The Reading First Impact Study uses regression discontinuity analysis to assess the program’s impact on student reading achievement and classroom instructional practices. This analytic approach has a long history, and program evaluators have revived its use to measure effects when random assignment is not appropriate or feasible.
To carry out this design, the research team sought states and school districts that used explicit empirical criteria to select schools for Reading First funding. In each of the participating sites, the state or the local school districts rated candidate schools according to quantitative indicators of their need for and/or ability to benefit from the program. The schools were then ranked in order of priority for funding. Based on the resources available, all eligible schools above a pre-specified cut-off point in the ranking were slated for funding, while schools below that cut-off point were excluded from receiving Reading First grants. The impact analysis compares outcomes for schools that did or did not receive funding. Because the analysis incorporates the school selection process (represented by the rating and ranking criteria) directly into the comparison of schools, it can yield an unbiased estimate of program impacts.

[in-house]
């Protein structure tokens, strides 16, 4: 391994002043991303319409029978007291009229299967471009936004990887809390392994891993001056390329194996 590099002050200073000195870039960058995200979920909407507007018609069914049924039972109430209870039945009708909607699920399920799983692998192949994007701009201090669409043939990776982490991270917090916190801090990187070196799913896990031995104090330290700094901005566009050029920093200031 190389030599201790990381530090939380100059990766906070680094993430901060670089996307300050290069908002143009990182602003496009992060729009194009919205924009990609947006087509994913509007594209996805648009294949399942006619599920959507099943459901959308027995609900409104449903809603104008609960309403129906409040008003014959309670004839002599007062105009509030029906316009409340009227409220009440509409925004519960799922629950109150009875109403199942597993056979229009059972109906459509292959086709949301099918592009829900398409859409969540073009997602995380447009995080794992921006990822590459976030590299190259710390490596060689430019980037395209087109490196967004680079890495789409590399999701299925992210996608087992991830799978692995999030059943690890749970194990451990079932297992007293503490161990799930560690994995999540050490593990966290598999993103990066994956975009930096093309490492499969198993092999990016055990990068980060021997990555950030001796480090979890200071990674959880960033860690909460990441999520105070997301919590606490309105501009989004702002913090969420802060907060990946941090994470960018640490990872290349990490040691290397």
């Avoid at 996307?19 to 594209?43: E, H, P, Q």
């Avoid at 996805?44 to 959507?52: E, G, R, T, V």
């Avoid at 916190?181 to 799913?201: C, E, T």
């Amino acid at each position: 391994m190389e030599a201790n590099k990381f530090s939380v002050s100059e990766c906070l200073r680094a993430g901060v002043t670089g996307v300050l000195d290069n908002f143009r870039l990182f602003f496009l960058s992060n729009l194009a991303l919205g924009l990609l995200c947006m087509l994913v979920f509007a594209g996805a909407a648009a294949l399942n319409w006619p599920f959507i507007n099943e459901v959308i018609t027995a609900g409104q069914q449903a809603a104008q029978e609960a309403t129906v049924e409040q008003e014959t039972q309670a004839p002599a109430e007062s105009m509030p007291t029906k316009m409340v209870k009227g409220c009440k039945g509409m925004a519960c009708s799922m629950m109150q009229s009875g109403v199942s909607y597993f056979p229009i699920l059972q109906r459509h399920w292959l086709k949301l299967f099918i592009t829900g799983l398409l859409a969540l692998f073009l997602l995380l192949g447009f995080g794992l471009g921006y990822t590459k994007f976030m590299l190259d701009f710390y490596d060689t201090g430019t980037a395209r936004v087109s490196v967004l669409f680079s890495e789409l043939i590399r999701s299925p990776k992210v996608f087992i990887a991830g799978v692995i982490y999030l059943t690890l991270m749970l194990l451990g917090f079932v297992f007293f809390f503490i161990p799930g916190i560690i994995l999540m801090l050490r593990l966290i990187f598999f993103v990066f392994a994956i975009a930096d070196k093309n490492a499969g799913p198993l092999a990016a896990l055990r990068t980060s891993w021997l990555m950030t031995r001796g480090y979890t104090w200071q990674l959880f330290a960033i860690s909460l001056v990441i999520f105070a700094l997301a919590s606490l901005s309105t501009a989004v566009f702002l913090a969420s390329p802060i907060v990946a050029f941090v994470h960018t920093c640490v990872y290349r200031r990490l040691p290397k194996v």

The study includes more than 250 elementary schools in more than 30 school districts in 13 states. The sample consists of schools that were rated by their districts or states as eligible and appropriate for Reading First funding, as well as schools that were rated very similarly but were not able to receive a grant because of funding limitations. Within each district, between 6 and 22 schools, divided equally among Reading First and non-Reading First schools, participated in the study. The study team collected information on students and classrooms in grades 1-3 over a period of three school years.
A national reading comprehension assessment was used to measure student reading achievement. Classroom reading instruction was assessed through classroom observations and surveys of principals, reading coaches/specialists and teachers. District-level student records yielded data on attendance, mobility, and prior achievement.